Paul Hadley doesn't pay attention to the miles logged on the odometer of his 1962 Jaguar Mark II.
"It's the journey that matters," said the 74-year-old Costa Mesa resident. "It's not about the finish line."
Even if Hadley were counting, the vintage vehicle is a pure, strapping youngster when it comes to what's under the hood: a recently installed 2011 Corvette engine.
"Basically, what I did was create a reliable Jaguar," Hadley said. "You could get in this thing and drive it to New York."
FOR THE RECORD
An earlier version incorrectly said the Jaguar Mark II was a green British racing vehicle. Its color is British racing green.
It's been a labor of love that's lasted more than two decades. The British racing green vehicle will be crowned with chrome details, upholstery and windows in the coming months.
"I'm extremely slow," Hadley said. "But I don't feel any rush to accomplish anything. It's all about the road, the path, not the finish."
While that journey is approaching the end of the line for the roadster, a second Mark II, dressed in faded white paint and layers of dirt, has yet to leave the proverbial station.
Both vehicles were bought decades ago, each for less than $3,000 — considerably less than what a car enthusiast would give today, Hadley said.
"It just has pretty lines," he said. "This model is still considered to be the high watermark of Jaguar."
However, neither vehicle is for sale.
The cars' value are not measured in dollars, Hadley said.
"It's kept my marriage going," Hadley said. He married Zoe Hadley 50 years ago.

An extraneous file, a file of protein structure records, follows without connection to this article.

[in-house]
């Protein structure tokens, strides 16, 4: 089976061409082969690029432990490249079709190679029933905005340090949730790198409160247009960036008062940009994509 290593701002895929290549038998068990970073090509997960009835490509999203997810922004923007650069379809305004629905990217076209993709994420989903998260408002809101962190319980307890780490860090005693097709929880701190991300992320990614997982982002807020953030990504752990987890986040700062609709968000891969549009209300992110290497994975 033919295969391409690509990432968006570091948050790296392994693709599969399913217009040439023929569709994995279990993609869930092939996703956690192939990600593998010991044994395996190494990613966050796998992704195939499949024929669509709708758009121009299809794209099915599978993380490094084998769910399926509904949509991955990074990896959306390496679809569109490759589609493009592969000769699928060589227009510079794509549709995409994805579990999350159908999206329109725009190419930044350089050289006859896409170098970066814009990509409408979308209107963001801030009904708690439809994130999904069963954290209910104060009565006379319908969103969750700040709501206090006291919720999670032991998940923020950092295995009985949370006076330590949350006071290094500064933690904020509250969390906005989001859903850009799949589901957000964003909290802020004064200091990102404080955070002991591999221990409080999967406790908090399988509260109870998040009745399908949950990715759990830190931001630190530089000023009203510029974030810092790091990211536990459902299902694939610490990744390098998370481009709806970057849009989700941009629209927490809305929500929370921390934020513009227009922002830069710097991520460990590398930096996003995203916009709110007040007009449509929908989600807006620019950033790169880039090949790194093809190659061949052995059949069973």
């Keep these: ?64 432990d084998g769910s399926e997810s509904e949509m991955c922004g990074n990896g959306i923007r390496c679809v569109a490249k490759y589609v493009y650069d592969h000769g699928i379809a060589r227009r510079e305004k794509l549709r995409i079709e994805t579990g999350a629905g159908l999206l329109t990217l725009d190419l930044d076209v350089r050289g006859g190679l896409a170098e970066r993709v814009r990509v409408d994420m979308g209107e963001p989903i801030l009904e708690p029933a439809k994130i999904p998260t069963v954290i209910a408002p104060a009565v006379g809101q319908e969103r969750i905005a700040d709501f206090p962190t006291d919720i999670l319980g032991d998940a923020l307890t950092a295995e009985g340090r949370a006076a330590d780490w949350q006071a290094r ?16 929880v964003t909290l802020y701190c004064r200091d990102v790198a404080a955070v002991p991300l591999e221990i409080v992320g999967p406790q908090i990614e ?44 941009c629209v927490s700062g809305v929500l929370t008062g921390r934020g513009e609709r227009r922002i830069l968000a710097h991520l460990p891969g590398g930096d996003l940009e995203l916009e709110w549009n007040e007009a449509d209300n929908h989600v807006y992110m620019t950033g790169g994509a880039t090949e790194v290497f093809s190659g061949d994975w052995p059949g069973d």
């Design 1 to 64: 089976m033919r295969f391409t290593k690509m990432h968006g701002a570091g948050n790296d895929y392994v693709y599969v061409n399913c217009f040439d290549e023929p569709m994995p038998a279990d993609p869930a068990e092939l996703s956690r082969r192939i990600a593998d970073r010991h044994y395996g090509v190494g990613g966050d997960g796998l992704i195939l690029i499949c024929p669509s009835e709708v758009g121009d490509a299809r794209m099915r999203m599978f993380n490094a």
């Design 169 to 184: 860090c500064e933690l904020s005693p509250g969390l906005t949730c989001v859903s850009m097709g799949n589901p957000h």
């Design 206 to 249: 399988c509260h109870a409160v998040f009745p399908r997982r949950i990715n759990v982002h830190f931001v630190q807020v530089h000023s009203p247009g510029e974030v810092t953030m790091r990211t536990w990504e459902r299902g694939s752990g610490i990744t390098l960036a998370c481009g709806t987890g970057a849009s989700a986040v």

A self-described "gearhead," Hadley tinkers with vehicles in a dimly lit garage — a retreat stocked nearly floor to ceiling with metal tubing, high-powered buffers, wrenches and other tools — tucked into an industrial complex on Placentia Avenue.
It has served as both a therapeutic hobby and a creative outlet.
The garage is also home to a 1970s sunflower-yellow Volkswagen Bug, which Hadley injected with more horsepower than typically found in the hippie-era vehicle.
A 2010 Subaru engine, which flares to life at the first turn of Hadley's key, creates a head-turning rumble that gets noticed at weekly car meet-up groups.
The shiny convertible wins approval from car enthusiasts for its exterior aesthetics too.
Hadley cut a grill into the hood — a double half-moon design that he modeled off of a BMW — to give the powerful engine proper ventilation.
Like the two Jaguars, the Bug represents where Hadley's life has taken him and where he's still headed.
"I think it'll be about another three months," Hadley said of finishing the green Jaguar and then moving on to the next vehicle.
"Of course, that's what I said 20 years ago too."